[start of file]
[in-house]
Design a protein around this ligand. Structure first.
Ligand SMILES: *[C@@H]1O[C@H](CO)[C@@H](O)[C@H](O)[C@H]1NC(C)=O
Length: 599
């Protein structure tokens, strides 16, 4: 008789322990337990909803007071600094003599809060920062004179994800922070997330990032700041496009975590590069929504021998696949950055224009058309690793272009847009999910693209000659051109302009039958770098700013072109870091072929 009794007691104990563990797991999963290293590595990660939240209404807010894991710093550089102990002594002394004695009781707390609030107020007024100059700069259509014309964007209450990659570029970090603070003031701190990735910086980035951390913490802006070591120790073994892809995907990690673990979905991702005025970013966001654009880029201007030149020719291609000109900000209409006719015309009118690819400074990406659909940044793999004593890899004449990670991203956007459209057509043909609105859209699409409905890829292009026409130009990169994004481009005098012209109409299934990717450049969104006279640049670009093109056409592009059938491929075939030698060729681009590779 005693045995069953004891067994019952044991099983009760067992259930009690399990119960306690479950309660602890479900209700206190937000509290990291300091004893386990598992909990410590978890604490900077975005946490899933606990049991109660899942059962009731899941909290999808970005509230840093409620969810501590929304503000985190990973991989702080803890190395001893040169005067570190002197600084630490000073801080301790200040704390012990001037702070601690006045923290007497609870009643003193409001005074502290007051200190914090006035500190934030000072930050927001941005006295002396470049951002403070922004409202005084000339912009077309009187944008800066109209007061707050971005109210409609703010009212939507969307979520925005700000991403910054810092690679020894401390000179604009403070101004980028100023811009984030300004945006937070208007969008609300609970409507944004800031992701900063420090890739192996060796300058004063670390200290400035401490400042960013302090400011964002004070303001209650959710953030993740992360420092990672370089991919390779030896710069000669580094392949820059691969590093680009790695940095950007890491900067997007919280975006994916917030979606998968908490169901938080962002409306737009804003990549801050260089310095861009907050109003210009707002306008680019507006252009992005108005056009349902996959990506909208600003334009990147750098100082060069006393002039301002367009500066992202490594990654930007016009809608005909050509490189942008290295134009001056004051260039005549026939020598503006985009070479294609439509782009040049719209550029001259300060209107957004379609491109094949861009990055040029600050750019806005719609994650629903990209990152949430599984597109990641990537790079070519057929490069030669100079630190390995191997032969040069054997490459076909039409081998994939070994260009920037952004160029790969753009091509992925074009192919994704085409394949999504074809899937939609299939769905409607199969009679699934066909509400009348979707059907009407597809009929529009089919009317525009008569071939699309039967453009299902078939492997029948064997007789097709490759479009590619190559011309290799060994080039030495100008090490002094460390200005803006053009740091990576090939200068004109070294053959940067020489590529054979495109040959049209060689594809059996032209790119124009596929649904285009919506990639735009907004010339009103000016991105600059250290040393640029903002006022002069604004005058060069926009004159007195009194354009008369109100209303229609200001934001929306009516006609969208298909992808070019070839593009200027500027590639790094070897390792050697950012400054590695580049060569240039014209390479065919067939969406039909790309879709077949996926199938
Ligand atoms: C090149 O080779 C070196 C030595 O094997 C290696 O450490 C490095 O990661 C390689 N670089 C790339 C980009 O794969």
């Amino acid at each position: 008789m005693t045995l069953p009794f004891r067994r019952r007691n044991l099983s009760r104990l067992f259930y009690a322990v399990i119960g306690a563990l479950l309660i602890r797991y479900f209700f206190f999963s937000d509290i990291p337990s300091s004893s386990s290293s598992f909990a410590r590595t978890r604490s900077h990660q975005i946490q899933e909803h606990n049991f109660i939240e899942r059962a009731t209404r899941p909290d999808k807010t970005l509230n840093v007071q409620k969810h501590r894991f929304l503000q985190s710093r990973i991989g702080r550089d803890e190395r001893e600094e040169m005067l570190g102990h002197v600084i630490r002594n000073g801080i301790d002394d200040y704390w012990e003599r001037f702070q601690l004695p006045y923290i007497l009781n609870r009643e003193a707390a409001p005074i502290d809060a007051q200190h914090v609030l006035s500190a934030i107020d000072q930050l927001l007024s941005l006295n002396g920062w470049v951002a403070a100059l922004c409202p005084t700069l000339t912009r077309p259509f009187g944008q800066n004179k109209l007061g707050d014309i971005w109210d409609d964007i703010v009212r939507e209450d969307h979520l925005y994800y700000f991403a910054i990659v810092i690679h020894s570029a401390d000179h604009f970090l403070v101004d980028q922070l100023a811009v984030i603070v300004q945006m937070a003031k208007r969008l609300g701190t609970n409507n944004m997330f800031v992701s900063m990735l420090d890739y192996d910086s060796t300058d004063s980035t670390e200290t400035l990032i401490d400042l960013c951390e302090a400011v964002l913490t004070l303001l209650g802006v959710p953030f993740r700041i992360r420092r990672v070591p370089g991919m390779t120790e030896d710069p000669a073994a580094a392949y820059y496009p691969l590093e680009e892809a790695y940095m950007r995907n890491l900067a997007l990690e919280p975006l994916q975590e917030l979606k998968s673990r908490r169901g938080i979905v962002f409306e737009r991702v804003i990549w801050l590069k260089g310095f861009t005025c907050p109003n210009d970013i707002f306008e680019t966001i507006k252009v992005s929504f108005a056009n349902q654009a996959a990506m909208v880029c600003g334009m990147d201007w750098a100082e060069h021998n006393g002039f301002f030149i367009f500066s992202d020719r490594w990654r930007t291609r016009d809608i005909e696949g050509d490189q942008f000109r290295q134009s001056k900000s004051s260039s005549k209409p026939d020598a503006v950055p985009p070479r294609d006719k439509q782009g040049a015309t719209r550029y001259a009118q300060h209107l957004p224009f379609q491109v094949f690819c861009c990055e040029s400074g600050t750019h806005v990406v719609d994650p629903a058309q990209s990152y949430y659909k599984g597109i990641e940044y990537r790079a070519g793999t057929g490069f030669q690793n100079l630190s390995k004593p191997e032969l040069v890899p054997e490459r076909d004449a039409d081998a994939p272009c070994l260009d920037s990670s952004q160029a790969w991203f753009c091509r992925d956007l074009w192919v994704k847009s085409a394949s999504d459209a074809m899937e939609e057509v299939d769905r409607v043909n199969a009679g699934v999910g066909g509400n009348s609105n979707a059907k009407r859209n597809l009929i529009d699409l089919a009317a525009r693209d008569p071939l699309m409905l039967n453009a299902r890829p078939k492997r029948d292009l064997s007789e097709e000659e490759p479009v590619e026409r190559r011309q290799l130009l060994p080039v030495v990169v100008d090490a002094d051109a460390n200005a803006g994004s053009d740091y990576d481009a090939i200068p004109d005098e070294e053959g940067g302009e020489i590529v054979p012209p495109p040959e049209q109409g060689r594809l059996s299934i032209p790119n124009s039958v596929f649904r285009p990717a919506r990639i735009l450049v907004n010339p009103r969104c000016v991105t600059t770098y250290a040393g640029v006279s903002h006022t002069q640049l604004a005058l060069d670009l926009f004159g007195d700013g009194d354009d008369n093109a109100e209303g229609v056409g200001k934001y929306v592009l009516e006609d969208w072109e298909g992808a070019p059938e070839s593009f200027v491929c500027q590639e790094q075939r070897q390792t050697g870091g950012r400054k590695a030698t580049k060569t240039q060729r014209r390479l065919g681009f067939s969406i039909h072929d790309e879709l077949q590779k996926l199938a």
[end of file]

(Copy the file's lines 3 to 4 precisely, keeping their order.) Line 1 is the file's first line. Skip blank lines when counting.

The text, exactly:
Ligand SMILES: *[C@@H]1O[C@H](CO)[C@@H](O)[C@H](O)[C@H]1NC(C)=O
Length: 599